Picture this: You’re playing Euchre (like watered down bridge but with fewer cards).  You and your partner are down nine points to six.  (The game goes to ten.)  You’re dealing and the nine of spades is up.  You hold the ten of spades and in desperation you pick up the nine, hoping that your partner has a hand something like the hand in the picture above.  Why did you make it spades?  With the nine and ten.  You should never do that! Even a baby chimpanzee knows you should never do that.  Anyway, spades are now trump.  You say, “I’m going alone.”  That’s even worse.

You’re probably an idiot.

Your partner Tim has no spades so when he hears your declaration, he immediately makes a distinct choking sound, indicating that you just blew the game.  For the third time in a row.  That choking sound is the “You are definitely an idiot” sound.

Ominous Mechanical Sound:

This sound can also be called the “You’re an even bigger idiot than I thought” sound.  This sound is the sound that the motor in your treadmill desk makes when its bearings are giving out.  Again.  You heard this sound two years ago before you had to replace the original motor.  It’s an ominous grating/rumbling sound, in case anyone asks.

It’s also the sound that makes you realize that you ignored the fact that after you replaced the original motor, your treadmill was still generating massive amounts of static electricity because you had been neglecting to keep the deck underneath the belt you walk on for 6-8 hours/day properly lubricated-which wrecked the bearings of the second motor.  That was definitely a run-on sentence, but who cares at this point? In your defense, the people who sold you the treadmill in the first place neglected to mention that little detail about lubrication.

Still and all, you are at least a Class A Dunderhead.

diagnosing a bearing problem with a stethoscope
Never throw away your stethoscope.  Even if you’re a dunderhead.

Penultimate Bad Sound (#5 if you don’t count the bee):

This is the absolute worst sound in the world.  I mean it.  It’s the sound that your dog Mickey makes at 3 A.M. when he has what I’ll call a: “G.I. Event” beside your bed.  In other words, he’s pooping on the carpet.  Again.  For about the fourth time.  Why did you feed him those old Shitake mushrooms for supper?  He nosed them suspiciously.  That should have been your first clue.

I tried to tell you I didn’t like those mushrooms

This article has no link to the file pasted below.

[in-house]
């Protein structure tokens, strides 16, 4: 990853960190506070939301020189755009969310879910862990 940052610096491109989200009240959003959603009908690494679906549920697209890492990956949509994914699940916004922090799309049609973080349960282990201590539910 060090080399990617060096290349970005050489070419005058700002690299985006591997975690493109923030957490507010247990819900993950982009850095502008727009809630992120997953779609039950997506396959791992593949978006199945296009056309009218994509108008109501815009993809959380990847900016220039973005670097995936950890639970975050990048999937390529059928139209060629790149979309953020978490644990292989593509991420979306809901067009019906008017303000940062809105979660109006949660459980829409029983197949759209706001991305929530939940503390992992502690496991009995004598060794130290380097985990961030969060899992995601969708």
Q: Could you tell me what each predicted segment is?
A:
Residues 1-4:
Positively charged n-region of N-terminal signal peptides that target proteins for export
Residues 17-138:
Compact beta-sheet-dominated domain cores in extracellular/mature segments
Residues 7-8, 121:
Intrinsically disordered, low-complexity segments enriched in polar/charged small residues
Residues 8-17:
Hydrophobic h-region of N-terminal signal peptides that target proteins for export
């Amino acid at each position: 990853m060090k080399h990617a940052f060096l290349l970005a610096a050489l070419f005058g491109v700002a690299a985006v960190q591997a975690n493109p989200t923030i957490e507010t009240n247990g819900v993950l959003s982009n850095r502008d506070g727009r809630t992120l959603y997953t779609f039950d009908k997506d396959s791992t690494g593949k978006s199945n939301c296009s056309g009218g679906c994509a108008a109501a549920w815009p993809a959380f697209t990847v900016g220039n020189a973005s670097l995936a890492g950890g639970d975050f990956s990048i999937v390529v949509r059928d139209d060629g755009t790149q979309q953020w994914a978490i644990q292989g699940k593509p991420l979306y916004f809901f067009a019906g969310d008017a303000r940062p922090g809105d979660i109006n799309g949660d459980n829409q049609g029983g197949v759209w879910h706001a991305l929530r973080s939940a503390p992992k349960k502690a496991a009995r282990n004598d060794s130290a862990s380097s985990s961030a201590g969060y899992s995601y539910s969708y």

Anyway, that sound means that you will spend the next three days applying every detergent/enzyme/powerful oxidant concoction in the known Universe to the stain in an attempt to remove it.  If your carpet could talk, you know what it would be saying.

You should just get a new dog.  Or a new carpet.  Or both.

And earplugs.  Because…

“Is there an echo in here?”




The Worst Sounds In The World: Part I

Things have been pretty crazy here at The Department of Any Second Now I Expect Flaming Remnants Of A Rocket Engine To Come Screaming Down Out Of The Stratosphere And Land On My Head Or Worse Yet, My Tesla.  Not surprisingly then, like everything else in my life these days, this column is late.  Flaming rocket engine debris aside however, I’ve been feeling the need to fill you in on the worst sounds in the world, because I think I’ve heard a pretty fair number of them.

I came up with my own classification for these sounds and drawing from a pretty much bottomless wellspring of creativity, here is my classification: Type I and Type II.

I decided a long time ago that there are certain types of sounds that just don’t sit well with the human nervous system, or probably any kind of nervous system, for that matter.  These would be my Type I sounds.  My prototype for Type I is the sound of a metal lawn rake scraping across a stone patio.

When I was a kid, we had two gigantic chestnut trees flanking a large flagstone patio, and I had to rake the chestnut leaves off that patio.  And that was just the beginning, or the ending depending on how you want to look at it. I also had to rake the little blossoms in the spring, followed by the little green chestnuts that were jettisoned later in the spring, followed by the big chestnuts early in the fall (and their stems!), followed by the leaves in late fall.  Not that I’m bitter.